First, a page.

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Posted 23 Nov 2020

Modeling the spread of Covid-19 under active management
2,643 downloads medRxiv epidemiology

Ivan Cherednik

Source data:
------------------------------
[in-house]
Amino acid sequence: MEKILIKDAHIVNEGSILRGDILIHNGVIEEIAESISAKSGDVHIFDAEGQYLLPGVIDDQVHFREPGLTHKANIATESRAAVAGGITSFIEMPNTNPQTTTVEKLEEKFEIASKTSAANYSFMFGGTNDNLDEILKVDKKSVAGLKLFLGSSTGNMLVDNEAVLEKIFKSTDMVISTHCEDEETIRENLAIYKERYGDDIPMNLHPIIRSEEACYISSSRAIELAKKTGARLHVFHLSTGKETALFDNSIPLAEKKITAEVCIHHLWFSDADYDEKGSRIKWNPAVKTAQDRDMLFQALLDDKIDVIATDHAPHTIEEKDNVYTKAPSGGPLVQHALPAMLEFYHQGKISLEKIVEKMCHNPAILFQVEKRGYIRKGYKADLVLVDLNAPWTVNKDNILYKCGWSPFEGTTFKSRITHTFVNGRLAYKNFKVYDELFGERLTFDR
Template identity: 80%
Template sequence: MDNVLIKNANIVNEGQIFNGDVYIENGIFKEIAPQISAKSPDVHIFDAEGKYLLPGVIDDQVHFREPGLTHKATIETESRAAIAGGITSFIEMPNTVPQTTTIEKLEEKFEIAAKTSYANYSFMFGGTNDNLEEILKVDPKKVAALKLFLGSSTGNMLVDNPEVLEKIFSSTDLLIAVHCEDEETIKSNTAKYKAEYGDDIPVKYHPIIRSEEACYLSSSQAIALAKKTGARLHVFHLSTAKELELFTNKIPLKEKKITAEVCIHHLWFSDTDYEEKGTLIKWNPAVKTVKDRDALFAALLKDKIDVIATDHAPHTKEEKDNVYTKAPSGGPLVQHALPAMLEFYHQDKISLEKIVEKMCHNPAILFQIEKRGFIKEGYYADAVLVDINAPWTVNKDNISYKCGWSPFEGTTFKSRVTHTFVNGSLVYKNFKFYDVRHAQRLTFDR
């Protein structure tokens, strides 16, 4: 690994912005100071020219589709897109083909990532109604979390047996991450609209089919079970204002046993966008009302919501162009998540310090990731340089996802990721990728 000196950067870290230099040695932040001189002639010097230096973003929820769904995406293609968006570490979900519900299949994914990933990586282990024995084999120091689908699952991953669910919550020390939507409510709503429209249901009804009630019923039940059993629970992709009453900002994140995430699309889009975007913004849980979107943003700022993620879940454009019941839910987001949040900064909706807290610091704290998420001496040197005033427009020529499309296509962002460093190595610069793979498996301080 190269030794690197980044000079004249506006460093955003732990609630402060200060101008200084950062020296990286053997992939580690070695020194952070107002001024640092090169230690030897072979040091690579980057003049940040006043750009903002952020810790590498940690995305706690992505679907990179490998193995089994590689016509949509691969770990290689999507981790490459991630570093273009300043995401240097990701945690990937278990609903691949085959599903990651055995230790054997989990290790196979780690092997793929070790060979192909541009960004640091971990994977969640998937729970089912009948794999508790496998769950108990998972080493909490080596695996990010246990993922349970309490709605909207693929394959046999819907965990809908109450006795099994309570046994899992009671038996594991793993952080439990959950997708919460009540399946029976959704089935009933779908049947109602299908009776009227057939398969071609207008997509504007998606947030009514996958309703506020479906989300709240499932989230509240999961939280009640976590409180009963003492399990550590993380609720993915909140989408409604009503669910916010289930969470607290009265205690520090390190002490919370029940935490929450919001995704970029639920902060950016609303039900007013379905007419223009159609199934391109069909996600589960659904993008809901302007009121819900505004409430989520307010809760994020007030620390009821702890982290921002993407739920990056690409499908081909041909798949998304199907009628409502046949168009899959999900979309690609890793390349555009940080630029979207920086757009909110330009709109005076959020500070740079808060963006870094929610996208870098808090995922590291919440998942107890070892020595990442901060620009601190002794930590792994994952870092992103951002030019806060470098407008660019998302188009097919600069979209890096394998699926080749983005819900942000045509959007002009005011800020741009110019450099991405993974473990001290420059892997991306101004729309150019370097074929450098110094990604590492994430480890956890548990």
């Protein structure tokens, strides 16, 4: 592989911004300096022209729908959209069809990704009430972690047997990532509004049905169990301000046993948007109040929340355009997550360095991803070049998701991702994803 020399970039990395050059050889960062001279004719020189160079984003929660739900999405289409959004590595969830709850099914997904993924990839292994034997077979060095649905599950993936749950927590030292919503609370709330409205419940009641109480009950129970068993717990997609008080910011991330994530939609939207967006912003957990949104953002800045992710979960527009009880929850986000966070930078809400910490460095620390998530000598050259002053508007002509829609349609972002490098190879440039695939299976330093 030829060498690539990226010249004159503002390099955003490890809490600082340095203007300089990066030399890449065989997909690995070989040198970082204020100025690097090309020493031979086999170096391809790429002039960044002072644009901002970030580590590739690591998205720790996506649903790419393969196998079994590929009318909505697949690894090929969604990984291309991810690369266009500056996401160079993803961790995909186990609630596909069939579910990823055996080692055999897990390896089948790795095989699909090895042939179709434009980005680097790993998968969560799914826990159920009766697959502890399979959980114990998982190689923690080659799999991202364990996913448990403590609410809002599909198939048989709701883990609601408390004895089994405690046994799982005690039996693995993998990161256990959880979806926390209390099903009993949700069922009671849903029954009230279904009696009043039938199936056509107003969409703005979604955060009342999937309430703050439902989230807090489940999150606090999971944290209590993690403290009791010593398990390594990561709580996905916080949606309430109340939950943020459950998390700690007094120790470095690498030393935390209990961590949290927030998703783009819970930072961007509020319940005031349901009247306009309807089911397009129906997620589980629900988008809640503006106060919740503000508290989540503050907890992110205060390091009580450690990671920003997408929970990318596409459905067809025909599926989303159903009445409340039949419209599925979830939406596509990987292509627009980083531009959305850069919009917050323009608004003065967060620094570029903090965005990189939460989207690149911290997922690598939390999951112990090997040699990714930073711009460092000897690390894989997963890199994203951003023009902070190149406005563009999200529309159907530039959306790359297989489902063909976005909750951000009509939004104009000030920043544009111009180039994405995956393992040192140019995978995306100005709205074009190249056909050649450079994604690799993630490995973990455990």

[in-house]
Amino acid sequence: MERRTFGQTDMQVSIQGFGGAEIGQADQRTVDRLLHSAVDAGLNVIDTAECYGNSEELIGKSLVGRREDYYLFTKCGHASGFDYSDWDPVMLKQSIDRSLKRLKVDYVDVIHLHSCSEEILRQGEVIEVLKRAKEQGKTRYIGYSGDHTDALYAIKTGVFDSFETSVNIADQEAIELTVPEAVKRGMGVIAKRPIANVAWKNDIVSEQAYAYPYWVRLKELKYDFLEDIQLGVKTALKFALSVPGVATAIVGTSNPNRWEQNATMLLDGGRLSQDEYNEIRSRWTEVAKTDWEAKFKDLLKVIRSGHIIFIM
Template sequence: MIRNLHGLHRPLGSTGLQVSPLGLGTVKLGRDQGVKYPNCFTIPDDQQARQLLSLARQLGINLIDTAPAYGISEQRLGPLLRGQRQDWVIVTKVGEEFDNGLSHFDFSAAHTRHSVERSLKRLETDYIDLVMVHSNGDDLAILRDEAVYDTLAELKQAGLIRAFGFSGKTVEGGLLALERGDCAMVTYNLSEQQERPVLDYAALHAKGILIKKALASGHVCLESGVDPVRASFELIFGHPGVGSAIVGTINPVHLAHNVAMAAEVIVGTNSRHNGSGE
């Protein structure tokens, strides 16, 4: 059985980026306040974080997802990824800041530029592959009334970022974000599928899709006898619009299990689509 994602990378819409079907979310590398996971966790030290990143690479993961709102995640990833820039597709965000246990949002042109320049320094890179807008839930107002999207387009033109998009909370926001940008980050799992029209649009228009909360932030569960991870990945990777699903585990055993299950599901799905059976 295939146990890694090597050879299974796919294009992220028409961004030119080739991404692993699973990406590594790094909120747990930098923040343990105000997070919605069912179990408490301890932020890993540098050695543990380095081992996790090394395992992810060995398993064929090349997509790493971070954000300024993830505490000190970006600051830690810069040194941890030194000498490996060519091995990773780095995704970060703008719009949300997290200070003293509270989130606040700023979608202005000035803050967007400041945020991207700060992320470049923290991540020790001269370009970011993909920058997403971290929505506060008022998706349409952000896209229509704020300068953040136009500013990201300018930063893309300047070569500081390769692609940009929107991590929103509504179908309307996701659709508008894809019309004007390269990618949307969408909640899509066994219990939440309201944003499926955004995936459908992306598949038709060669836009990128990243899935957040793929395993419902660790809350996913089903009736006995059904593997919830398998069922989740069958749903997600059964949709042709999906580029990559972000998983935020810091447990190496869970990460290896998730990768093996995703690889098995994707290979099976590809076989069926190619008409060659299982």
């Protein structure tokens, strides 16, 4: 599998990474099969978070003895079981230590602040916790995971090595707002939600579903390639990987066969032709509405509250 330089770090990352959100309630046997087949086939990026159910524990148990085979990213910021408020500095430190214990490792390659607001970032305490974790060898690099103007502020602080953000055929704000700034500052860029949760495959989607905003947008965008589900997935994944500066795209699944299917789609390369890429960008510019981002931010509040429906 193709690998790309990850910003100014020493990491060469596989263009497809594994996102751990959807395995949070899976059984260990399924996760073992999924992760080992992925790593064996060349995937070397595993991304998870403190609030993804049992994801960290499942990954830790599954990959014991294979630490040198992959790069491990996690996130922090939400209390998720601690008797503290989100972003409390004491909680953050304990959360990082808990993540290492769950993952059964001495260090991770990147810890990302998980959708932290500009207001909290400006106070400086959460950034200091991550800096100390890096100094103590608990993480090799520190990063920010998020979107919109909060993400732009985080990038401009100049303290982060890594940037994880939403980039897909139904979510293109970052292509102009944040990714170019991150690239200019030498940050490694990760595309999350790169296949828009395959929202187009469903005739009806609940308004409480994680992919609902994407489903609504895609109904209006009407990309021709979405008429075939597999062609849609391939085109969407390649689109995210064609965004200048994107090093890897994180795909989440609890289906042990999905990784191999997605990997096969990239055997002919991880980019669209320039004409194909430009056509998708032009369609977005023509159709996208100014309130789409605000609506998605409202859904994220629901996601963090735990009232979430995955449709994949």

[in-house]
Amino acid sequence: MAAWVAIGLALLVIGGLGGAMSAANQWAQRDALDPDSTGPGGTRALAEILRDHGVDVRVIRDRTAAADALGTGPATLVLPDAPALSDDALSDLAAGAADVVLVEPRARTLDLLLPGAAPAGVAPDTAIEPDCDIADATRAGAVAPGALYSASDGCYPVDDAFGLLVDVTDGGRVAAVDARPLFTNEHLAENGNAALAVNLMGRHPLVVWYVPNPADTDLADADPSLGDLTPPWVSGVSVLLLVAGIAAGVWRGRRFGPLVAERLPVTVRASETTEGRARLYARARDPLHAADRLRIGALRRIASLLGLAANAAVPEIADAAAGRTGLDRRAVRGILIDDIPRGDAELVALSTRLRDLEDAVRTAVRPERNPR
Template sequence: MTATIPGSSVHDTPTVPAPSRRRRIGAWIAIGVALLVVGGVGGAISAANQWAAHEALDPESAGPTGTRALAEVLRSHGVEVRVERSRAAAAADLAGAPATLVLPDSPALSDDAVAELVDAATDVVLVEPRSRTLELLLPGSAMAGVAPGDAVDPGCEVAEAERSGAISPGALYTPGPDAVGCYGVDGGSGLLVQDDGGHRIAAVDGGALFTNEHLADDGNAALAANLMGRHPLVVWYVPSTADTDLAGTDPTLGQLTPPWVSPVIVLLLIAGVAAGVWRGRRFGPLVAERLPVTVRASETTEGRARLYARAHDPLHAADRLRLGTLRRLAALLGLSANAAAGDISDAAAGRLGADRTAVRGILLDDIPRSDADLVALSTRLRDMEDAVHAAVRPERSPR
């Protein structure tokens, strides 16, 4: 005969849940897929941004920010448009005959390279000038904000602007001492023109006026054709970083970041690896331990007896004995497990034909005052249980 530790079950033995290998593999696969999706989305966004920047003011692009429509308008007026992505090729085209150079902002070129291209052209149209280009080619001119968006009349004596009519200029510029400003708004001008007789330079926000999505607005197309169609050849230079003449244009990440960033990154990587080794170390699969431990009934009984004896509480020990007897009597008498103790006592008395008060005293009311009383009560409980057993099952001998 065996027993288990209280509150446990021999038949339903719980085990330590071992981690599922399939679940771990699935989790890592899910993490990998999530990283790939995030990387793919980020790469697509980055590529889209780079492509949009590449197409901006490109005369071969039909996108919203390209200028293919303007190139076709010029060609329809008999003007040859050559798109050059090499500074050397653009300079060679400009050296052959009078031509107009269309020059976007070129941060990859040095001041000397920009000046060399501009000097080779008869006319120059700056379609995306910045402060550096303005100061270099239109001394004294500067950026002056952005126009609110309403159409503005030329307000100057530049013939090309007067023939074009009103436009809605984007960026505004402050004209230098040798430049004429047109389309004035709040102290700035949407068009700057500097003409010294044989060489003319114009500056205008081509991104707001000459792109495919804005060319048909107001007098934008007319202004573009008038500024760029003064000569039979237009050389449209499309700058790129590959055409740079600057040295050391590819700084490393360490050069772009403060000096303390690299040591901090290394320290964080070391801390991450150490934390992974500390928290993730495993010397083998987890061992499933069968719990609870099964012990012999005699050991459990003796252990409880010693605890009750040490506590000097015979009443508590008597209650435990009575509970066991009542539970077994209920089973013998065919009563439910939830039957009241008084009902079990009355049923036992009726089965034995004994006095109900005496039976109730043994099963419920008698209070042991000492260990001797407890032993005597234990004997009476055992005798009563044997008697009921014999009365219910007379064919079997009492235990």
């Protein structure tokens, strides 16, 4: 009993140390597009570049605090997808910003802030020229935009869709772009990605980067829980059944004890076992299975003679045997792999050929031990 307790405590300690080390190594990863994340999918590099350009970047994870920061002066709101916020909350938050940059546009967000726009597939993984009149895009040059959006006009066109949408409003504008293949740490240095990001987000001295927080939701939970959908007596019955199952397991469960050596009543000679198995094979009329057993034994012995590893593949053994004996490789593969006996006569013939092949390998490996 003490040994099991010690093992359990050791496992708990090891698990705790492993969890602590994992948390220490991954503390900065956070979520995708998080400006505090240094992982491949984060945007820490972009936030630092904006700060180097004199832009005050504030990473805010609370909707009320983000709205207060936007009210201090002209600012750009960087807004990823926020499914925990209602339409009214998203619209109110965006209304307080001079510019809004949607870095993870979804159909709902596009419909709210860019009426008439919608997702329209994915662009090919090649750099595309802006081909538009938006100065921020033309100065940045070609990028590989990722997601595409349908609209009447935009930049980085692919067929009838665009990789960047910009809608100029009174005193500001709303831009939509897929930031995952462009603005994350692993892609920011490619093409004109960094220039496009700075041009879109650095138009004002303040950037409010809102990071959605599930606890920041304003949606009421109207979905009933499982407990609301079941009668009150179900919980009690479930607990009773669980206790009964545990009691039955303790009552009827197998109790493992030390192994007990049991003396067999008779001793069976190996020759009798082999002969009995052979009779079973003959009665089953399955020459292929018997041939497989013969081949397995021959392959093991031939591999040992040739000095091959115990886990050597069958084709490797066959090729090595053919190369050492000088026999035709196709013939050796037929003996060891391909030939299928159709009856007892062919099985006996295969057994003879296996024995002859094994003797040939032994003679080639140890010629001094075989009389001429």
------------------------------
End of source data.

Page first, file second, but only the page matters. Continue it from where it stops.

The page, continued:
Classical approaches to modeling the spread of epidemics are based on two assumptions: the exponential growth of the total number of infections and the saturation due to the herd immunity. With Covid-19, the growth is essentially power-type, especially during the middle stages, and the saturation is currently mostly due to the protective measures. Focusing on these features and the role of epidemic management, we obtain differential equations for the total number of detected cases of Covid-19, which describe the actual curves in many countries almost with the accuracy of physics laws. The two-phase solution we propose works very well almost for the whole periods of the spread practically in all countries we analyzed that reached the saturation during the first waves. Bessel functions play the key role in our approach. Due to a very small number of parameters, namely, the initial transmission rate and the intensity of the hard and soft measures, we obtain a convincing explanation of the surprising uniformity of the curves of the total numbers of detected infections in many different areas. This theory can serve as a tool for forecasting the epidemic spread and evaluating the efficiency of the protective measures, which is very much needed for epidemics. As its practical application, the computer programs aimed at providing projections for late stages of Covid-19 proved to be remarkably stable in many countries, including Western Europe, the USA and some in Asia. We provide a projection for the saturation of the 3rd wave in the USA: the corresponding number of total, detected or not, cases can presumably reach then the herd immunity levels (G-strains). This can be used to analyze the efficiency of the vaccinations.